Scandinavian Spotlight: Small countires with big ambitions - just don't tell Fulham
Fulham were leading 2-1 and the game was in time added on when the hosts spurned a good chance to put things out of reach as Sa broke forward. With Duff free on the right hand side of the box he chose not to pass and the chance was lost. Odense worked the ball down the right and it was fired over to the far post where Djiby Fall headed home with six seconds left to send Fulham crashing out the competition. A cruel way to exit but they really should have killed the game off before then.
Copenhagen were in action yesterday but could only sign off with a bit of whimper as Standard Liege came calling. The Belgian side brought some cheer to their city, which of course has been rocked by the murderous attack on a Christmas market, when they took the lead against FCK in the 31st minute against the run of play. Batshuayi controlled the ball and turned his marker in one movement and fired a low shot to the keeper's right for the only goal of the game.
FCK pushed on after the break but couldn't break through some resolute defending and Standard could have added to their lead when they came close a couple of times towards the end of the game but 1-0 it finished.
Malmø rounded off their miserable campaign with a visit to Austria Vienna looking to add to their measly single point thus far. Unfortunately for them it was business as usual. Goalless at half-time they probably thought they had a chance to finish off in reasonable style but goals from Liendl (62) and Barazite (80) meant they ended up with just that single point. Somewhat embarrassingly this meant they were the second worst team in the competition only finishing ahead of pointless Shamrock Rovers.
In many respects this just goes to show the difference between the relative merits of the national sides and the domestic game in Scandinavia. Whereas the English league is packed with some of the biggest stars in the game, the national team is seen as underperforming for the last 40-odd years. Most of the big Danish, Swedish and Norwegian players ply their trade abroad, many in England, although a favourable tax system in Denmark means they can attract some of the players who don't go to the bigger countries.
The relative success of, in particular, FC København who have qualified for the knock-out phase of the Champions League once and the Europa League twice in the last three years has also meant that the Superliga has risen to 12th in the UEFA national league rankings. If this is maintained, the Danish Champions will qualify directly for the group stage of the UCL in 2012/13 with the runners-up in the third qualifying round. Not bad considering the country was ranked at a fairly lowly 23rd not that long ago. It's also Europe's 11th ranked in terms of attendances ahead of bigger nations such as Greece, Sweden and next year's Euro joint hosts Ukraine.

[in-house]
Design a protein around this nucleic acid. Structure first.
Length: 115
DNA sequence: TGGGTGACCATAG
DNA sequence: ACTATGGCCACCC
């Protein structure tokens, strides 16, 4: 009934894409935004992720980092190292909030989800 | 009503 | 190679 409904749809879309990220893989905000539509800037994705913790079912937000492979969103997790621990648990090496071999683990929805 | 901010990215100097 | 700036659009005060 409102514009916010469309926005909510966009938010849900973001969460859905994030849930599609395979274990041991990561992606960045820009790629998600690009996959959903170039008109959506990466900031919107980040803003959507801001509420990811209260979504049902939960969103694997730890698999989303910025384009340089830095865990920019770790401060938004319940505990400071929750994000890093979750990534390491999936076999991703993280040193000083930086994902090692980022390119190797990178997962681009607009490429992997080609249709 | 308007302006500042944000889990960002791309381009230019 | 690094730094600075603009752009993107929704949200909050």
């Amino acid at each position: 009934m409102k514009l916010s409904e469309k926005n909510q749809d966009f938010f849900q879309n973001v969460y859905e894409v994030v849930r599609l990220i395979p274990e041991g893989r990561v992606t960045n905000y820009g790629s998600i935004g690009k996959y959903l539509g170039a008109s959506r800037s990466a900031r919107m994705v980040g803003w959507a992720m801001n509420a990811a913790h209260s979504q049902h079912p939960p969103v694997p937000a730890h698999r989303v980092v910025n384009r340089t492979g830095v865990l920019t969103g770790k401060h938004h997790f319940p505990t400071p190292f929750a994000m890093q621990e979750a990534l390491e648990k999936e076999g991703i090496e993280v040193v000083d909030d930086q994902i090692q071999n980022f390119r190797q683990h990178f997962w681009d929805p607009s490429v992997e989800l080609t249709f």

Both Sweden and the Danes will be hopeful of putting in some good performances at the Euros and their cause will certainly be helped by the fact so maany stars are plying their trades in bigger and better leagues. A quick glance at the squads for the last qualifying games for Euro 2012 shows that Denmark had 14 foreign-based players, Norway 13 and Sweden a massive 19.
A lot of these guys strut their stuff for some of the biggest clubs around playing with and against the best Europe has to offer. Manchester united, Liverpool, Roma, PSV, Ajax and AC Milan are just a few of the teams helping the Scandinavian nations punch above their weight on the world stage so if England, France and Ukraine think the Swedes are there to make up the numbers, forget it. Likewise Germany, Netherlands and Portugal will know they can take nothing for granted against Denmark in the toughest group of all.